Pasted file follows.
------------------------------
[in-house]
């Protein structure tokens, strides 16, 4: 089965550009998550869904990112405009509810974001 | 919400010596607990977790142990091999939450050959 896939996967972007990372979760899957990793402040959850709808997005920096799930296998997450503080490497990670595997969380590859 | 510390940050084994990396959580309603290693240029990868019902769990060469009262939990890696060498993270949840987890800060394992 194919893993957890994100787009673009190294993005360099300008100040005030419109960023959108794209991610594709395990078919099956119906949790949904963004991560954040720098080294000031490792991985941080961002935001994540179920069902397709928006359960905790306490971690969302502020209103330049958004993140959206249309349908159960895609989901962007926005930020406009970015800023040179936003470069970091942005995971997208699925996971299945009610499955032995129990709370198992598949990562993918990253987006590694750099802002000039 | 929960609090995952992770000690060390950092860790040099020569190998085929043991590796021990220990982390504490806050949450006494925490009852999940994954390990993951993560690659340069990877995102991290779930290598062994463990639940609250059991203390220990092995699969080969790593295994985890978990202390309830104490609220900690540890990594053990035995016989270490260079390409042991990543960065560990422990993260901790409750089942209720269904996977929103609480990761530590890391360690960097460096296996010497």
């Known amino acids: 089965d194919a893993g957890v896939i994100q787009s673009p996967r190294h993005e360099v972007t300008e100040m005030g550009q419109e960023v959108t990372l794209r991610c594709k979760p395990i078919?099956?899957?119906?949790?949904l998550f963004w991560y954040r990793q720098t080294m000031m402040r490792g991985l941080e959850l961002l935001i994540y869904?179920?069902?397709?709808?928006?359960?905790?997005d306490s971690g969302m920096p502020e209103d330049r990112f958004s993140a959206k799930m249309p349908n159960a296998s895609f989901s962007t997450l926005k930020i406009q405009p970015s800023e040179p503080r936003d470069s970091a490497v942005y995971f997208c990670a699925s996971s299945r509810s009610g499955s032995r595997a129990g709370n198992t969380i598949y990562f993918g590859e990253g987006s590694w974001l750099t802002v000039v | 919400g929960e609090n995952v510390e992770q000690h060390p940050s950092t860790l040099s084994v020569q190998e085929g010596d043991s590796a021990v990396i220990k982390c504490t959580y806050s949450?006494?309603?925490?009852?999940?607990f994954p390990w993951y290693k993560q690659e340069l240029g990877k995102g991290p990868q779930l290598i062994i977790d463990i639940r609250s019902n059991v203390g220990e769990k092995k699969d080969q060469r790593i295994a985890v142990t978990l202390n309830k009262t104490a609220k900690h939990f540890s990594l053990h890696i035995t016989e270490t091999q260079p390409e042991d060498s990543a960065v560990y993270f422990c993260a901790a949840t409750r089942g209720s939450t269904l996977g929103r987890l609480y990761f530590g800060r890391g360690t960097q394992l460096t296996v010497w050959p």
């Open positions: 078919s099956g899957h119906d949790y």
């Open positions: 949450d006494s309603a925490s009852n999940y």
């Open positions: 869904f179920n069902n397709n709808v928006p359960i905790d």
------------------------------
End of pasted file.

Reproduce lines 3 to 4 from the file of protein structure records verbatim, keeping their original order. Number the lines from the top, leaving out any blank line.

């Known amino acids: 089965d194919a893993g957890v896939i994100q787009s673009p996967r190294h993005e360099v972007t300008e100040m005030g550009q419109e960023v959108t990372l794209r991610c594709k979760p395990i078919?099956?899957?119906?949790?949904l998550f963004w991560y954040r990793q720098t080294m000031m402040r490792g991985l941080e959850l961002l935001i994540y869904?179920?069902?397709?709808?928006?359960?905790?997005d306490s971690g969302m920096p502020e209103d330049r990112f958004s993140a959206k799930m249309p349908n159960a296998s895609f989901s962007t997450l926005k930020i406009q405009p970015s800023e040179p503080r936003d470069s970091a490497v942005y995971f997208c990670a699925s996971s299945r509810s009610g499955s032995r595997a129990g709370n198992t969380i598949y990562f993918g590859e990253g987006s590694w974001l750099t802002v000039v | 919400g929960e609090n995952v510390e992770q000690h060390p940050s950092t860790l040099s084994v020569q190998e085929g010596d043991s590796a021990v990396i220990k982390c504490t959580y806050s949450?006494?309603?925490?009852?999940?607990f994954p390990w993951y290693k993560q690659e340069l240029g990877k995102g991290p990868q779930l290598i062994i977790d463990i639940r609250s019902n059991v203390g220990e769990k092995k699969d080969q060469r790593i295994a985890v142990t978990l202390n309830k009262t104490a609220k900690h939990f540890s990594l053990h890696i035995t016989e270490t091999q260079p390409e042991d060498s990543a960065v560990y993270f422990c993260a901790a949840t409750r089942g209720s939450t269904l996977g929103r987890l609480y990761f530590g800060r890391g360690t960097q394992l460096t296996v010497w050959p």
């Open positions: 078919s099956g899957h119906d949790y």